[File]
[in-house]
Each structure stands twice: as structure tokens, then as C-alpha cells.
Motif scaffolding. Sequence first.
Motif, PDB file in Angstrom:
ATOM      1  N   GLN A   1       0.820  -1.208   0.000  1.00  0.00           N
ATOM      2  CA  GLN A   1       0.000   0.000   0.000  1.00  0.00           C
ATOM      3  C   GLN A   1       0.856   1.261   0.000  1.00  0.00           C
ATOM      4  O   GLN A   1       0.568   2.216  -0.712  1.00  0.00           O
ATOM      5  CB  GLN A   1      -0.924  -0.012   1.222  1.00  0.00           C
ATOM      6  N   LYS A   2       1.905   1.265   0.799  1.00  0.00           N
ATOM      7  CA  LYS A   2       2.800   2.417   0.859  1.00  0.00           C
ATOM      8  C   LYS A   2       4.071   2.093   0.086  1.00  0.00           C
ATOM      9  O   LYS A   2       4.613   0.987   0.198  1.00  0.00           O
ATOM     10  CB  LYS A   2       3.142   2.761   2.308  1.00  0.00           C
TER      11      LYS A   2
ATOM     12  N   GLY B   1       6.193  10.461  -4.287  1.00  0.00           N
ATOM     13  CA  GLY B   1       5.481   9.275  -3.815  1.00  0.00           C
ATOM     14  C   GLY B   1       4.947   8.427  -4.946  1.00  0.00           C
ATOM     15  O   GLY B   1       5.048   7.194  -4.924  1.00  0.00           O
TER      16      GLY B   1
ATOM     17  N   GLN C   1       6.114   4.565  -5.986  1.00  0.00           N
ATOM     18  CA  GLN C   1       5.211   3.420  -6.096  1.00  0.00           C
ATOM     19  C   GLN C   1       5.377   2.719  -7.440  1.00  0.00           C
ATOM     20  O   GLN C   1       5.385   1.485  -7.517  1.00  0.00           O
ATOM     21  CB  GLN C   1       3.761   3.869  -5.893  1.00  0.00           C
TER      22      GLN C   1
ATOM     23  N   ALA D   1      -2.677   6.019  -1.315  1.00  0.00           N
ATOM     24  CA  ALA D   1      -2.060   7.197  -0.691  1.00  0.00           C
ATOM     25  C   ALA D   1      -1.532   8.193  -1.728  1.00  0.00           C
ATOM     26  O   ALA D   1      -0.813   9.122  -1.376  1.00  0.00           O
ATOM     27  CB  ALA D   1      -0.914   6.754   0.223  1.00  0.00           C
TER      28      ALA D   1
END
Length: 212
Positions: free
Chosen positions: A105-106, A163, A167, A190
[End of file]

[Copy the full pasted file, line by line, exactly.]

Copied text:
[in-house]
Each structure stands twice: as structure tokens, then as C-alpha cells.
Motif scaffolding. Sequence first.
Motif, PDB file in Angstrom:
ATOM      1  N   GLN A   1       0.820  -1.208   0.000  1.00  0.00           N
ATOM      2  CA  GLN A   1       0.000   0.000   0.000  1.00  0.00           C
ATOM      3  C   GLN A   1       0.856   1.261   0.000  1.00  0.00           C
ATOM      4  O   GLN A   1       0.568   2.216  -0.712  1.00  0.00           O
ATOM      5  CB  GLN A   1      -0.924  -0.012   1.222  1.00  0.00           C
ATOM      6  N   LYS A   2       1.905   1.265   0.799  1.00  0.00           N
ATOM      7  CA  LYS A   2       2.800   2.417   0.859  1.00  0.00           C
ATOM      8  C   LYS A   2       4.071   2.093   0.086  1.00  0.00           C
ATOM      9  O   LYS A   2       4.613   0.987   0.198  1.00  0.00           O
ATOM     10  CB  LYS A   2       3.142   2.761   2.308  1.00  0.00           C
TER      11      LYS A   2
ATOM     12  N   GLY B   1       6.193  10.461  -4.287  1.00  0.00           N
ATOM     13  CA  GLY B   1       5.481   9.275  -3.815  1.00  0.00           C
ATOM     14  C   GLY B   1       4.947   8.427  -4.946  1.00  0.00           C
ATOM     15  O   GLY B   1       5.048   7.194  -4.924  1.00  0.00           O
TER      16      GLY B   1
ATOM     17  N   GLN C   1       6.114   4.565  -5.986  1.00  0.00           N
ATOM     18  CA  GLN C   1       5.211   3.420  -6.096  1.00  0.00           C
ATOM     19  C   GLN C   1       5.377   2.719  -7.440  1.00  0.00           C
ATOM     20  O   GLN C   1       5.385   1.485  -7.517  1.00  0.00           O
ATOM     21  CB  GLN C   1       3.761   3.869  -5.893  1.00  0.00           C
TER      22      GLN C   1
ATOM     23  N   ALA D   1      -2.677   6.019  -1.315  1.00  0.00           N
ATOM     24  CA  ALA D   1      -2.060   7.197  -0.691  1.00  0.00           C
ATOM     25  C   ALA D   1      -1.532   8.193  -1.728  1.00  0.00           C
ATOM     26  O   ALA D   1      -0.813   9.122  -1.376  1.00  0.00           O
ATOM     27  CB  ALA D   1      -0.914   6.754   0.223  1.00  0.00           C
TER      28      ALA D   1
END
Length: 212
Positions: free
Chosen positions: A105-106, A163, A167, A190